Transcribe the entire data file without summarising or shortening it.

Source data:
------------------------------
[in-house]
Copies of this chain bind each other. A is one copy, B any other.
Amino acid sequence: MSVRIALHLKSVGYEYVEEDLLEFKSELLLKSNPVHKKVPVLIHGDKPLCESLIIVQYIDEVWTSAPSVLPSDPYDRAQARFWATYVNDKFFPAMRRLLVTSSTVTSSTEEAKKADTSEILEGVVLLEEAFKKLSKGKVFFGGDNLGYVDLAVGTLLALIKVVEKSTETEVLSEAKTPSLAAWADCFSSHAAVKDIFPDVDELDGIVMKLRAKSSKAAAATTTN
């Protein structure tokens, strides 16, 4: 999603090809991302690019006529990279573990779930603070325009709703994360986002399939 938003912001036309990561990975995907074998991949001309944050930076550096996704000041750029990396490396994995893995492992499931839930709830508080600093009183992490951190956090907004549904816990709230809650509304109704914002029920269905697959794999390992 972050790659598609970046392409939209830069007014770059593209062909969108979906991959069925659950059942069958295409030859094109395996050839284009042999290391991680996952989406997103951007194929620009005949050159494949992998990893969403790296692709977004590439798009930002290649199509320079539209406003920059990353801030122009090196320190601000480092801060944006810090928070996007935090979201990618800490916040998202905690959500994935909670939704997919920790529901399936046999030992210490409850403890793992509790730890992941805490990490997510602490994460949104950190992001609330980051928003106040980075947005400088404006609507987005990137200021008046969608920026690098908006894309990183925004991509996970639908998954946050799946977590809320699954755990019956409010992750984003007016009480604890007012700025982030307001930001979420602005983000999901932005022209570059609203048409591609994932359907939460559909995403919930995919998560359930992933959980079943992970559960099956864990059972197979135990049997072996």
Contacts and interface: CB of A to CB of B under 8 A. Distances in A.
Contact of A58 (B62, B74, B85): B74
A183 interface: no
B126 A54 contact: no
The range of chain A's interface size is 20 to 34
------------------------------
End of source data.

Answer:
[in-house]
Copies of this chain bind each other. A is one copy, B any other.
Amino acid sequence: MSVRIALHLKSVGYEYVEEDLLEFKSELLLKSNPVHKKVPVLIHGDKPLCESLIIVQYIDEVWTSAPSVLPSDPYDRAQARFWATYVNDKFFPAMRRLLVTSSTVTSSTEEAKKADTSEILEGVVLLEEAFKKLSKGKVFFGGDNLGYVDLAVGTLLALIKVVEKSTETEVLSEAKTPSLAAWADCFSSHAAVKDIFPDVDELDGIVMKLRAKSSKAAAATTTN
């Protein structure tokens, strides 16, 4: 999603090809991302690019006529990279573990779930603070325009709703994360986002399939 938003912001036309990561990975995907074998991949001309944050930076550096996704000041750029990396490396994995893995492992499931839930709830508080600093009183992490951190956090907004549904816990709230809650509304109704914002029920269905697959794999390992 972050790659598609970046392409939209830069007014770059593209062909969108979906991959069925659950059942069958295409030859094109395996050839284009042999290391991680996952989406997103951007194929620009005949050159494949992998990893969403790296692709977004590439798009930002290649199509320079539209406003920059990353801030122009090196320190601000480092801060944006810090928070996007935090979201990618800490916040998202905690959500994935909670939704997919920790529901399936046999030992210490409850403890793992509790730890992941805490990490997510602490994460949104950190992001609330980051928003106040980075947005400088404006609507987005990137200021008046969608920026690098908006894309990183925004991509996970639908998954946050799946977590809320699954755990019956409010992750984003007016009480604890007012700025982030307001930001979420602005983000999901932005022209570059609203048409591609994932359907939460559909995403919930995919998560359930992933959980079943992970559960099956864990059972197979135990049997072996």
Contacts and interface: CB of A to CB of B under 8 A. Distances in A.
Contact of A58 (B62, B74, B85): B74
A183 interface: no
B126 A54 contact: no
The range of chain A's interface size is 20 to 34